fand an annular space maintained between the two by means of distance-piecesf',secured, top and bottom, to the inner tube f, as shown more particularly in the enlarged-views, Figs. 4 and 5. The perforated filtering-cylinders g are covered with a cloth straining-jacket 72., preferably of mercerized cotton cambric. The cotton cambric is mercerized according to the well-known process; but the stretching of the cloth is omitted, so that the shrinkage which' ensues causes the cloth to become more homogeneous, the interstices being filled up, and
the cloth is thus rendered very suitable as astraining material. The cloth jacket h is of greater length thant-he tube 9 and is'tucked into the interior of the same, as shown in Fig. 4. A cap-nut "L, screwed upon the top of the inner tube h, beds upon the top of the clothcovered tube g and jams the tube g tightly upon the floor e of the casing A The turnedin cloth jacket 7;. serves as a'flexible material to provide a fluid-tight joint between the capnut i and the cylinder gand as well as at the foot of the cylinder. If desired or requisite, additional resilient washers may be used at these points to efiect the object;
Instead of a cap-nut 'i, as illustrated, an ordi nary n ut may be employed and the top screwed end of the tubefbe plugged up. Through a suitable aperture provided in the cover of the casing, closed by a screwed plugj, I introduce into the casing A a quantity of filtering-earth,
water to be filtered. A pressure-gage? may we The cylinders k, g are placed upon the inner supporting-tubes r The filtering-earths are previously,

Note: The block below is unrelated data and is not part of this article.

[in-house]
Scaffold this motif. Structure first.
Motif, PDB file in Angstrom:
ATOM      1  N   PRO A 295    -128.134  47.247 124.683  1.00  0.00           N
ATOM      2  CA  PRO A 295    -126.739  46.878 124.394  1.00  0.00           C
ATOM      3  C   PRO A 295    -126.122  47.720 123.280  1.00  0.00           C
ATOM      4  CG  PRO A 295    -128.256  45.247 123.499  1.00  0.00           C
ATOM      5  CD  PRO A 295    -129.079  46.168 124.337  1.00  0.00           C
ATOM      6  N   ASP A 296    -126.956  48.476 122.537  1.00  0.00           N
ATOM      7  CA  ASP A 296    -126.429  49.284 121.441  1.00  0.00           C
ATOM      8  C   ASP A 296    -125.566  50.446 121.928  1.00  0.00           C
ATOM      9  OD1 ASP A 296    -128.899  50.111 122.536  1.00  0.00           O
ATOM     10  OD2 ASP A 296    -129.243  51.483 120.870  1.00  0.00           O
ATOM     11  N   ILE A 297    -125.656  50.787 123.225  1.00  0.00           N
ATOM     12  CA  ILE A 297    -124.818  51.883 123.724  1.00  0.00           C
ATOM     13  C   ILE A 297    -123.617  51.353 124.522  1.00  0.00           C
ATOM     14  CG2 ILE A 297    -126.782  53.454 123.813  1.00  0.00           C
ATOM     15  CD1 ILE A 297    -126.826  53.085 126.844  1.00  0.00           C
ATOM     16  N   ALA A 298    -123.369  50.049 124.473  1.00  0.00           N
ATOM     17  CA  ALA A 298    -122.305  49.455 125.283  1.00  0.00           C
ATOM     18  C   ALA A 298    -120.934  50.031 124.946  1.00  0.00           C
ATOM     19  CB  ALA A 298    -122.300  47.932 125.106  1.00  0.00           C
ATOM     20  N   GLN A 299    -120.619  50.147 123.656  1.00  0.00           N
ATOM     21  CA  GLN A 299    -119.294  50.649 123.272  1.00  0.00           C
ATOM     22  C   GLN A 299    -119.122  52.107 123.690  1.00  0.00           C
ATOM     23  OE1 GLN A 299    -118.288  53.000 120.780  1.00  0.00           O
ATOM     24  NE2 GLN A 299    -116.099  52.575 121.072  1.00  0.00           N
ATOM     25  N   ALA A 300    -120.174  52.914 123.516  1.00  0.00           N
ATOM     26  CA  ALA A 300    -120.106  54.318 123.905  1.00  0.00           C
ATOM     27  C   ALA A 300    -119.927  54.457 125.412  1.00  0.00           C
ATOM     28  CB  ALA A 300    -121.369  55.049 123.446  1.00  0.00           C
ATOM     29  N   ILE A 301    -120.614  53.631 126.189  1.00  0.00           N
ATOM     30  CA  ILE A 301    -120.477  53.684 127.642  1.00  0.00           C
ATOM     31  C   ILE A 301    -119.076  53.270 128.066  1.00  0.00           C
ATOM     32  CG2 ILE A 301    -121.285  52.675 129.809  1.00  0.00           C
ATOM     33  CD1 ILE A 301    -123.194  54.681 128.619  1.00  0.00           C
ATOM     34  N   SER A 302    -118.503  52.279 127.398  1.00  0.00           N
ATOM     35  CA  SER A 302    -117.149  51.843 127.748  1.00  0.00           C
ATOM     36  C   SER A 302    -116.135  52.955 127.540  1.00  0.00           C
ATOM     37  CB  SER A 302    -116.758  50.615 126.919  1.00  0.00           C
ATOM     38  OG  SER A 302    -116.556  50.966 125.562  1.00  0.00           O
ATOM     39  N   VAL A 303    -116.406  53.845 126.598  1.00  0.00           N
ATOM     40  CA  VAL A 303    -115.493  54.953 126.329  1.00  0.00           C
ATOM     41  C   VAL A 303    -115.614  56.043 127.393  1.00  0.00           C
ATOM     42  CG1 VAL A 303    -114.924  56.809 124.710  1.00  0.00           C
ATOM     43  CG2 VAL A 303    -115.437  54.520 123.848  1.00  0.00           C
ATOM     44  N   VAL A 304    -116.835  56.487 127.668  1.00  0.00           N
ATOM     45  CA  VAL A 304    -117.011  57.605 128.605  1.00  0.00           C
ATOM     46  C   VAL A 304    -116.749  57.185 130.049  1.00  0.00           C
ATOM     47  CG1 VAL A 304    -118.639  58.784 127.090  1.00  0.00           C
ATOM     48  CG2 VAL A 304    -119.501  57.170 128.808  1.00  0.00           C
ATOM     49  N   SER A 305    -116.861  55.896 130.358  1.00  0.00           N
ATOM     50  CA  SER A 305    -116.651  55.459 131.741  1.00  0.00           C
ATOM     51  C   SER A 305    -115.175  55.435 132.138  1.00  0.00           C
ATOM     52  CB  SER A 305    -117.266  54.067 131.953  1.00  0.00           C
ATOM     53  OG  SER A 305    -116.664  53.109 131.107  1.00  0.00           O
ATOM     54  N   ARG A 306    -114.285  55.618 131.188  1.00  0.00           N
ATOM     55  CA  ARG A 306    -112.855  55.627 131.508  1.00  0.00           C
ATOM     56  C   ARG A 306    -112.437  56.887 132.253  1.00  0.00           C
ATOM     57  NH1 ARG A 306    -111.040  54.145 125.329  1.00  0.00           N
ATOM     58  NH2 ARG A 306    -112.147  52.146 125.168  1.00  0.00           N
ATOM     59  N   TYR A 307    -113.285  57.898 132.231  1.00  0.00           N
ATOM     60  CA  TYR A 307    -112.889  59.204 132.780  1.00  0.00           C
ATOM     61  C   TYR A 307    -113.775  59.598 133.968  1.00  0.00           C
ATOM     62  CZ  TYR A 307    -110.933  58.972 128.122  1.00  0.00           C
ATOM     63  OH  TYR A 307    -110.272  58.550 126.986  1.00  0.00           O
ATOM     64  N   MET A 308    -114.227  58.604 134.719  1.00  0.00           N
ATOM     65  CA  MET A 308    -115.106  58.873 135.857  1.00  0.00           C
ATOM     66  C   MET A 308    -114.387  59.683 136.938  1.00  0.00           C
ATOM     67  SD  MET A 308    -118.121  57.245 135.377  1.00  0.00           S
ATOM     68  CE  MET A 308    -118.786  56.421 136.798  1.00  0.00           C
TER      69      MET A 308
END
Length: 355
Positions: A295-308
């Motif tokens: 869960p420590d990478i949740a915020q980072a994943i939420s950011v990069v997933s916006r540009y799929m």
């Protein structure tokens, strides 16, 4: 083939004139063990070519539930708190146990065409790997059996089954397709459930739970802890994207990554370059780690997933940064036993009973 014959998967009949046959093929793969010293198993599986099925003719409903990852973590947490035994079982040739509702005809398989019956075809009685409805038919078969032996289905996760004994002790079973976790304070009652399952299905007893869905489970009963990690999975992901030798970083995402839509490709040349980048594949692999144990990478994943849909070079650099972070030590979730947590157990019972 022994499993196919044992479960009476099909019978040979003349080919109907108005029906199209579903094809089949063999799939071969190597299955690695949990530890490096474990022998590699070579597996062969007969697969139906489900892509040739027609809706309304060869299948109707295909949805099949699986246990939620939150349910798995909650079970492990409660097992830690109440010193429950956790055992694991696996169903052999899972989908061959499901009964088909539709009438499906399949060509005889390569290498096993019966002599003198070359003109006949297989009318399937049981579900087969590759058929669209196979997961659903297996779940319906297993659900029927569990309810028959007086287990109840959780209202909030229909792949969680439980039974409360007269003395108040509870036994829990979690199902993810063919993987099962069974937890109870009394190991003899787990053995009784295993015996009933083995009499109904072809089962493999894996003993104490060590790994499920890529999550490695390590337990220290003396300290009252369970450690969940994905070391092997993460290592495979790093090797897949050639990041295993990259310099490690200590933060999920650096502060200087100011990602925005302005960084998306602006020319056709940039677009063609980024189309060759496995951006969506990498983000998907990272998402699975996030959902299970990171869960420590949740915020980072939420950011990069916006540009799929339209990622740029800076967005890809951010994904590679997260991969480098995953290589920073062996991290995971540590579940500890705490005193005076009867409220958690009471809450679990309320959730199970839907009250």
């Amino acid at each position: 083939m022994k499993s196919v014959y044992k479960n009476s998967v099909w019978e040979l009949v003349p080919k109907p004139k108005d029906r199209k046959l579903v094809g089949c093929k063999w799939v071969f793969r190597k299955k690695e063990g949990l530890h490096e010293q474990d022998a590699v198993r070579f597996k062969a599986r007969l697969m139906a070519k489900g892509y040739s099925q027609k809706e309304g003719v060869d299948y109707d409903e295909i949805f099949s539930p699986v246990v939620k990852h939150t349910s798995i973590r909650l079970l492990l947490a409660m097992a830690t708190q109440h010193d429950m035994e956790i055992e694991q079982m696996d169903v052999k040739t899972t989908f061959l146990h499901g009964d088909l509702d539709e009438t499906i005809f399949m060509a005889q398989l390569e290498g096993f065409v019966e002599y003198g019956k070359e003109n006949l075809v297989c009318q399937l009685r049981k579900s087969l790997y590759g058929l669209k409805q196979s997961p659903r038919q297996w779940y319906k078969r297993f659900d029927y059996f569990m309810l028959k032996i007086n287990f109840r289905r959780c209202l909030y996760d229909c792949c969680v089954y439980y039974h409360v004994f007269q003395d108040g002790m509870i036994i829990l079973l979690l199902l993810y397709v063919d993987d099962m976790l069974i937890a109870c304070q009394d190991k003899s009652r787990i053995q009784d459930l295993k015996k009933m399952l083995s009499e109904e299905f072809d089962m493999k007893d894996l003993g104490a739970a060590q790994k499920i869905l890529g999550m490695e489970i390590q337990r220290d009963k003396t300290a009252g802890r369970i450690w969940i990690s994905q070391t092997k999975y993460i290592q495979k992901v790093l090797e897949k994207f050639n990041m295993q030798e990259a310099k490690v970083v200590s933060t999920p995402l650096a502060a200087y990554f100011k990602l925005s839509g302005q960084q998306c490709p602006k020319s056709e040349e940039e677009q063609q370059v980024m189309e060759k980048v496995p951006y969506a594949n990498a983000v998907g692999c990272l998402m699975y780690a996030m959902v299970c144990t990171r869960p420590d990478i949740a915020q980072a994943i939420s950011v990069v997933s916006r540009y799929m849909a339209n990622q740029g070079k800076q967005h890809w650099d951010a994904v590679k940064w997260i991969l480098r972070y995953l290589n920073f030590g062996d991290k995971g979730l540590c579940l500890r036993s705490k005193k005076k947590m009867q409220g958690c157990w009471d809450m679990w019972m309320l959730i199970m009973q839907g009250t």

be attached to the casing to indicate the water-pressure within.
The inlet 70 for the unfiltered water or other liquid is disposed at the bottom of the casing 5 A, or if arranged at the top the pipe extends downward within the casing and is directed to impinge upon the plate e, so that the incoming rush of liquid rises and carries the filtering-earth particles upon the cloth jacket h of earths into the interstices of the cloth, and covers it with a smooth even surface of filtering material, the surface and molecular attraction of which arrest and retain all sus- I 5 pended matter, sl-imes, oil particles, or other filth contained in suspension in the liquid. The water or other liquid to be filtered, as :shown by the arrows, passes through the filtering-cylinders into the annular chamber and into the perforated supporting-tubes f, which conduct the filtered water to the receiver b, from whence it can be drawn oif through thepipe Z to the'point of supply.
- oxidizing or deoxidizing chemical agents orelements-such ashnimal charcoal, alkaline permanganates, and the likecan be added, if desired, to the filtering-earth media. A coating of filtering-earth of'from one-thirty-second to one-sixteenth of an inch in thickness deposited upon the straining-cloth suf- 'fices. for an etfective filter-bed, which coatingwould require from one to two and onehalfv ounces of media, such as kieselguhr, for a cylinder thirty inches in length and two inches in diameter.